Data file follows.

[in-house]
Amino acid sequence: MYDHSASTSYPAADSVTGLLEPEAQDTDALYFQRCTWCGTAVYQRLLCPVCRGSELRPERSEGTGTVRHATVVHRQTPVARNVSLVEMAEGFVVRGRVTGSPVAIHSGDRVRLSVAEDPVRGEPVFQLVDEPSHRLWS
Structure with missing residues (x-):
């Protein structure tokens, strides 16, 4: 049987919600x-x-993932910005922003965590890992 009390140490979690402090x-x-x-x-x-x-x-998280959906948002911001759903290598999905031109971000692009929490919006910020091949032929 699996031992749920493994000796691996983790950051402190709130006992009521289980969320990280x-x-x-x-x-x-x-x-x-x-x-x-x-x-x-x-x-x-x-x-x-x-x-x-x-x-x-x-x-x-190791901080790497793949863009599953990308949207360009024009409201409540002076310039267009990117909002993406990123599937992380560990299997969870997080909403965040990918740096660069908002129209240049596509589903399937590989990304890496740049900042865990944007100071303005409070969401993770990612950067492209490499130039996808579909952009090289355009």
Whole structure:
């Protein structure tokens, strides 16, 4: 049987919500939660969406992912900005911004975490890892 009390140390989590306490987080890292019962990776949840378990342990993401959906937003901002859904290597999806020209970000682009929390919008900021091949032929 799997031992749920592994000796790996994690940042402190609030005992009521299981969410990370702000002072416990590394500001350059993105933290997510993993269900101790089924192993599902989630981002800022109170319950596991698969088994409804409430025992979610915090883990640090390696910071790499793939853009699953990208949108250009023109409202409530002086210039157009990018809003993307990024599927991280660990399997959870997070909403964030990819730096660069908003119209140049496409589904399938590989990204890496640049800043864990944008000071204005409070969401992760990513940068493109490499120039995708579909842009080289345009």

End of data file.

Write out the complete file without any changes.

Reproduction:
[in-house]
Amino acid sequence: MYDHSASTSYPAADSVTGLLEPEAQDTDALYFQRCTWCGTAVYQRLLCPVCRGSELRPERSEGTGTVRHATVVHRQTPVARNVSLVEMAEGFVVRGRVTGSPVAIHSGDRVRLSVAEDPVRGEPVFQLVDEPSHRLWS
Structure with missing residues (x-):
């Protein structure tokens, strides 16, 4: 049987919600x-x-993932910005922003965590890992 009390140490979690402090x-x-x-x-x-x-x-998280959906948002911001759903290598999905031109971000692009929490919006910020091949032929 699996031992749920493994000796691996983790950051402190709130006992009521289980969320990280x-x-x-x-x-x-x-x-x-x-x-x-x-x-x-x-x-x-x-x-x-x-x-x-x-x-x-x-x-x-190791901080790497793949863009599953990308949207360009024009409201409540002076310039267009990117909002993406990123599937992380560990299997969870997080909403965040990918740096660069908002129209240049596509589903399937590989990304890496740049900042865990944007100071303005409070969401993770990612950067492209490499130039996808579909952009090289355009």
Whole structure:
């Protein structure tokens, strides 16, 4: 049987919500939660969406992912900005911004975490890892 009390140390989590306490987080890292019962990776949840378990342990993401959906937003901002859904290597999806020209970000682009929390919008900021091949032929 799997031992749920592994000796790996994690940042402190609030005992009521299981969410990370702000002072416990590394500001350059993105933290997510993993269900101790089924192993599902989630981002800022109170319950596991698969088994409804409430025992979610915090883990640090390696910071790499793939853009699953990208949108250009023109409202409530002086210039157009990018809003993307990024599927991280660990399997959870997070909403964030990819730096660069908003119209140049496409589904399938590989990204890496640049800043864990944008000071204005409070969401992760990513940068493109490499120039995708579909842009080289345009």